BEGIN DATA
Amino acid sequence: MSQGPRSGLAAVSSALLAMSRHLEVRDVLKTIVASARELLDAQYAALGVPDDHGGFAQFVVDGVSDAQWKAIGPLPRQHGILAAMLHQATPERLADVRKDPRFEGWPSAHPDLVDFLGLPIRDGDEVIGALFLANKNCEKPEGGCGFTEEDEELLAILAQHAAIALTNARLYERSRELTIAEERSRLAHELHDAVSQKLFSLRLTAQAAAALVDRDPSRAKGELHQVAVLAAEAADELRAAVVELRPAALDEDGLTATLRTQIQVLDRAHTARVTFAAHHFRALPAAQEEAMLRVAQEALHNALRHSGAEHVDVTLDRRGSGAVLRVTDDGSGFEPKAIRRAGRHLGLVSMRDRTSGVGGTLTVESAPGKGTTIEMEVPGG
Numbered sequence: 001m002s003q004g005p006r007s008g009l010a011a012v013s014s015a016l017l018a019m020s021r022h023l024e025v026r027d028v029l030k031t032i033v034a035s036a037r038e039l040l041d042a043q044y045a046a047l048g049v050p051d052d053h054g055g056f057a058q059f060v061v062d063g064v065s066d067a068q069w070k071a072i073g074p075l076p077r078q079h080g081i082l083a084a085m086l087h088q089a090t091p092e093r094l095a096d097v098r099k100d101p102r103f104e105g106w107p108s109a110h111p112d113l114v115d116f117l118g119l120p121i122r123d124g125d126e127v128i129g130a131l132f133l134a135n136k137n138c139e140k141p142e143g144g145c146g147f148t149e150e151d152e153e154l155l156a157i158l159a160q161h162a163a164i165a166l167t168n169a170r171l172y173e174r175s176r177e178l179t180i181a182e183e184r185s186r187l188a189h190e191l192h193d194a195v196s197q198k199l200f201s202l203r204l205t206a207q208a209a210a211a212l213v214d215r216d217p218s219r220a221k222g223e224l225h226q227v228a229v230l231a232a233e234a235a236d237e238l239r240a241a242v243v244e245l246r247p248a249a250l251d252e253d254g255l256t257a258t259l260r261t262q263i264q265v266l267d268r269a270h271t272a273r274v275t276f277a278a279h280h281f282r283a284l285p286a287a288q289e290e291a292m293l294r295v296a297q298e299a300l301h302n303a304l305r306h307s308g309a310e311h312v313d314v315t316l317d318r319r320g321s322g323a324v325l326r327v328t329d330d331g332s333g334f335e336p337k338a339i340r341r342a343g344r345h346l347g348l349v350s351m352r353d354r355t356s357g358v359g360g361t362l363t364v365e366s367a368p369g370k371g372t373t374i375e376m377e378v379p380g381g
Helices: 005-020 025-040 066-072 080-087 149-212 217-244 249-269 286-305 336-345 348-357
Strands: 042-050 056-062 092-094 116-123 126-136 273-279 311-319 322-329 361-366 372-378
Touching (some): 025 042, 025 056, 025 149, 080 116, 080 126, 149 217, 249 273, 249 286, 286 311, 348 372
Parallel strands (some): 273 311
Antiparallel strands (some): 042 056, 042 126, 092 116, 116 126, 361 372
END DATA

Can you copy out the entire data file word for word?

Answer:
Amino acid sequence: MSQGPRSGLAAVSSALLAMSRHLEVRDVLKTIVASARELLDAQYAALGVPDDHGGFAQFVVDGVSDAQWKAIGPLPRQHGILAAMLHQATPERLADVRKDPRFEGWPSAHPDLVDFLGLPIRDGDEVIGALFLANKNCEKPEGGCGFTEEDEELLAILAQHAAIALTNARLYERSRELTIAEERSRLAHELHDAVSQKLFSLRLTAQAAAALVDRDPSRAKGELHQVAVLAAEAADELRAAVVELRPAALDEDGLTATLRTQIQVLDRAHTARVTFAAHHFRALPAAQEEAMLRVAQEALHNALRHSGAEHVDVTLDRRGSGAVLRVTDDGSGFEPKAIRRAGRHLGLVSMRDRTSGVGGTLTVESAPGKGTTIEMEVPGG
Numbered sequence: 001m002s003q004g005p006r007s008g009l010a011a012v013s014s015a016l017l018a019m020s021r022h023l024e025v026r027d028v029l030k031t032i033v034a035s036a037r038e039l040l041d042a043q044y045a046a047l048g049v050p051d052d053h054g055g056f057a058q059f060v061v062d063g064v065s066d067a068q069w070k071a072i073g074p075l076p077r078q079h080g081i082l083a084a085m086l087h088q089a090t091p092e093r094l095a096d097v098r099k100d101p102r103f104e105g106w107p108s109a110h111p112d113l114v115d116f117l118g119l120p121i122r123d124g125d126e127v128i129g130a131l132f133l134a135n136k137n138c139e140k141p142e143g144g145c146g147f148t149e150e151d152e153e154l155l156a157i158l159a160q161h162a163a164i165a166l167t168n169a170r171l172y173e174r175s176r177e178l179t180i181a182e183e184r185s186r187l188a189h190e191l192h193d194a195v196s197q198k199l200f201s202l203r204l205t206a207q208a209a210a211a212l213v214d215r216d217p218s219r220a221k222g223e224l225h226q227v228a229v230l231a232a233e234a235a236d237e238l239r240a241a242v243v244e245l246r247p248a249a250l251d252e253d254g255l256t257a258t259l260r261t262q263i264q265v266l267d268r269a270h271t272a273r274v275t276f277a278a279h280h281f282r283a284l285p286a287a288q289e290e291a292m293l294r295v296a297q298e299a300l301h302n303a304l305r306h307s308g309a310e311h312v313d314v315t316l317d318r319r320g321s322g323a324v325l326r327v328t329d330d331g332s333g334f335e336p337k338a339i340r341r342a343g344r345h346l347g348l349v350s351m352r353d354r355t356s357g358v359g360g361t362l363t364v365e366s367a368p369g370k371g372t373t374i375e376m377e378v379p380g381g
Helices: 005-020 025-040 066-072 080-087 149-212 217-244 249-269 286-305 336-345 348-357
Strands: 042-050 056-062 092-094 116-123 126-136 273-279 311-319 322-329 361-366 372-378
Touching (some): 025 042, 025 056, 025 149, 080 116, 080 126, 149 217, 249 273, 249 286, 286 311, 348 372
Parallel strands (some): 273 311
Antiparallel strands (some): 042 056, 042 126, 092 116, 116 126, 361 372